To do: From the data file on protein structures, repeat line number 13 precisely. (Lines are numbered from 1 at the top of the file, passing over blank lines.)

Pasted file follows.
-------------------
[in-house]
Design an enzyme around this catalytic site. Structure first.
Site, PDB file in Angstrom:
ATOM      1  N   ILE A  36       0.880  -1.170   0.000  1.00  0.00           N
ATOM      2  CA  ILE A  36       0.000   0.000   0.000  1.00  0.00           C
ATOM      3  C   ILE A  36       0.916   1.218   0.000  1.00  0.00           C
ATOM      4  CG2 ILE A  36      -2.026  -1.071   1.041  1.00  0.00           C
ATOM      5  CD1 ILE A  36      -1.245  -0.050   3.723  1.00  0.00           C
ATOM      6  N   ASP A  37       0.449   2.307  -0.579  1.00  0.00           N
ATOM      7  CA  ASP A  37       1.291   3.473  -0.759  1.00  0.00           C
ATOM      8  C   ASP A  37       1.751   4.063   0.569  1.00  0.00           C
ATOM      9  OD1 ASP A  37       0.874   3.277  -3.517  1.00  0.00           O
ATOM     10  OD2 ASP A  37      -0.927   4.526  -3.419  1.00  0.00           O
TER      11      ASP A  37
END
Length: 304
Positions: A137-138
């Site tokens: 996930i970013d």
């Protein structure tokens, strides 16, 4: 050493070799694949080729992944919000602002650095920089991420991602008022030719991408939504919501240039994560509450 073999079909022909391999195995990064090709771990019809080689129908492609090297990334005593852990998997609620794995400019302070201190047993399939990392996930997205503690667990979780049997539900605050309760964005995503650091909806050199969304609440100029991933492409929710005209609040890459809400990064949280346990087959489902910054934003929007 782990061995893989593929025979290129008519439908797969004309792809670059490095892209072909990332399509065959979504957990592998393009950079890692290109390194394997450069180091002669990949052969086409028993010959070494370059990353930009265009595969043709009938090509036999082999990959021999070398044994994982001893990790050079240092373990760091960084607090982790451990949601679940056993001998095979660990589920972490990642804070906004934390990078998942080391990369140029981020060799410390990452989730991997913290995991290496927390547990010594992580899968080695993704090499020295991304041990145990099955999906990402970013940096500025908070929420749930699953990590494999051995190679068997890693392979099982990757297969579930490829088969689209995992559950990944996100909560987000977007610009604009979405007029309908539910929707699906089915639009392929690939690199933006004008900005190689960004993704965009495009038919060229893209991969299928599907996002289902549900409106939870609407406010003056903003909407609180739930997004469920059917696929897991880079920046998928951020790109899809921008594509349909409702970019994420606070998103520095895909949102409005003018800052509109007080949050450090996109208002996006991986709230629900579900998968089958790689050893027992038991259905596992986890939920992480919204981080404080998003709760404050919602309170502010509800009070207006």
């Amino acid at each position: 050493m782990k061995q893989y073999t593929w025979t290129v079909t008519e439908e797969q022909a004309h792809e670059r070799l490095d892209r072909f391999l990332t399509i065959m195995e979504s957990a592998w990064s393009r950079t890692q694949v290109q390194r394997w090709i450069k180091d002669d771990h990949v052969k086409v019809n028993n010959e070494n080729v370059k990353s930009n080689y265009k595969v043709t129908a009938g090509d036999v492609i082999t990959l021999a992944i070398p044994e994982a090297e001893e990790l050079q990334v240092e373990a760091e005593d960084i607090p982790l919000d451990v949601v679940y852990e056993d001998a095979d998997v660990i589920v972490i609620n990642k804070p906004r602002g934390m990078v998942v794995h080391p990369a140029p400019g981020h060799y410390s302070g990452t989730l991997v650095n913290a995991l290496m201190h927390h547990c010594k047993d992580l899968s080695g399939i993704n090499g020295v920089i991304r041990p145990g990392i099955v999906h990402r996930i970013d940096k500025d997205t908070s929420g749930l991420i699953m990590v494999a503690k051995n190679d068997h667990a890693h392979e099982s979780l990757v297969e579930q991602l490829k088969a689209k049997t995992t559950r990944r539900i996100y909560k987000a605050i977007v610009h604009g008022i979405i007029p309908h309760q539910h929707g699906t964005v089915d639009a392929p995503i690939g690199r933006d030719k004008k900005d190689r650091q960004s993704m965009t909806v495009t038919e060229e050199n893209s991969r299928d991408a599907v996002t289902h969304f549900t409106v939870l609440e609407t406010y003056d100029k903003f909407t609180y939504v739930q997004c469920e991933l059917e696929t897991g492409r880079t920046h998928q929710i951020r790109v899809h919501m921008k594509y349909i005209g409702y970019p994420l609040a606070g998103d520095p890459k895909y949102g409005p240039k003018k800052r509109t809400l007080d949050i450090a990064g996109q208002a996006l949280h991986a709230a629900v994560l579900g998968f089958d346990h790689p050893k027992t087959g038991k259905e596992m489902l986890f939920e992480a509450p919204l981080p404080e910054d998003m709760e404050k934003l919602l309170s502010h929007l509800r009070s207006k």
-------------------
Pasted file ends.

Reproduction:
ATOM     10  OD2 ASP A  37      -0.927   4.526  -3.419  1.00  0.00           O